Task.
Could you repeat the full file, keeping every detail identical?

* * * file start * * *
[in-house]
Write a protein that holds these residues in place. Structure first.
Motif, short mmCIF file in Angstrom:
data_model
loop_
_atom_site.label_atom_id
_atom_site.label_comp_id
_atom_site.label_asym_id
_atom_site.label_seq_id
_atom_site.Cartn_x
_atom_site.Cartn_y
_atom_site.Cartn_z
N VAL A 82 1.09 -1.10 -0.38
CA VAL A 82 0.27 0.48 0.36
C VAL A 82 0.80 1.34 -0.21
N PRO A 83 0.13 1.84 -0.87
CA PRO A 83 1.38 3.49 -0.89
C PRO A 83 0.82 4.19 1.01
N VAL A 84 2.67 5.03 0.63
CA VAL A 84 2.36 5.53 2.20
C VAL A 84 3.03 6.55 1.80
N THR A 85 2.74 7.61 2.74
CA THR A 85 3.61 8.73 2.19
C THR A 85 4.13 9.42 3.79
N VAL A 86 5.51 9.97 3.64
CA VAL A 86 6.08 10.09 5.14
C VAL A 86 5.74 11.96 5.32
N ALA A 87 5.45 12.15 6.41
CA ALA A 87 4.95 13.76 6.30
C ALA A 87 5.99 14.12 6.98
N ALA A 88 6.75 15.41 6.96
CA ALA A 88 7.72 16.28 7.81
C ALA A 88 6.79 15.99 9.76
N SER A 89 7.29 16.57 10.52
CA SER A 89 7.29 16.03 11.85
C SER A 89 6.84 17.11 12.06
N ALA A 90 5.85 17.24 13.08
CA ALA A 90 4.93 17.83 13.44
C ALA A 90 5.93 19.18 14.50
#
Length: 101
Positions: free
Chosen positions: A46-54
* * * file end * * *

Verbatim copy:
[in-house]
Write a protein that holds these residues in place. Structure first.
Motif, short mmCIF file in Angstrom:
data_model
loop_
_atom_site.label_atom_id
_atom_site.label_comp_id
_atom_site.label_asym_id
_atom_site.label_seq_id
_atom_site.Cartn_x
_atom_site.Cartn_y
_atom_site.Cartn_z
N VAL A 82 1.09 -1.10 -0.38
CA VAL A 82 0.27 0.48 0.36
C VAL A 82 0.80 1.34 -0.21
N PRO A 83 0.13 1.84 -0.87
CA PRO A 83 1.38 3.49 -0.89
C PRO A 83 0.82 4.19 1.01
N VAL A 84 2.67 5.03 0.63
CA VAL A 84 2.36 5.53 2.20
C VAL A 84 3.03 6.55 1.80
N THR A 85 2.74 7.61 2.74
CA THR A 85 3.61 8.73 2.19
C THR A 85 4.13 9.42 3.79
N VAL A 86 5.51 9.97 3.64
CA VAL A 86 6.08 10.09 5.14
C VAL A 86 5.74 11.96 5.32
N ALA A 87 5.45 12.15 6.41
CA ALA A 87 4.95 13.76 6.30
C ALA A 87 5.99 14.12 6.98
N ALA A 88 6.75 15.41 6.96
CA ALA A 88 7.72 16.28 7.81
C ALA A 88 6.79 15.99 9.76
N SER A 89 7.29 16.57 10.52
CA SER A 89 7.29 16.03 11.85
C SER A 89 6.84 17.11 12.06
N ALA A 90 5.85 17.24 13.08
CA ALA A 90 4.93 17.83 13.44
C ALA A 90 5.93 19.18 14.50
#
Length: 101
Positions: free
Chosen positions: A46-54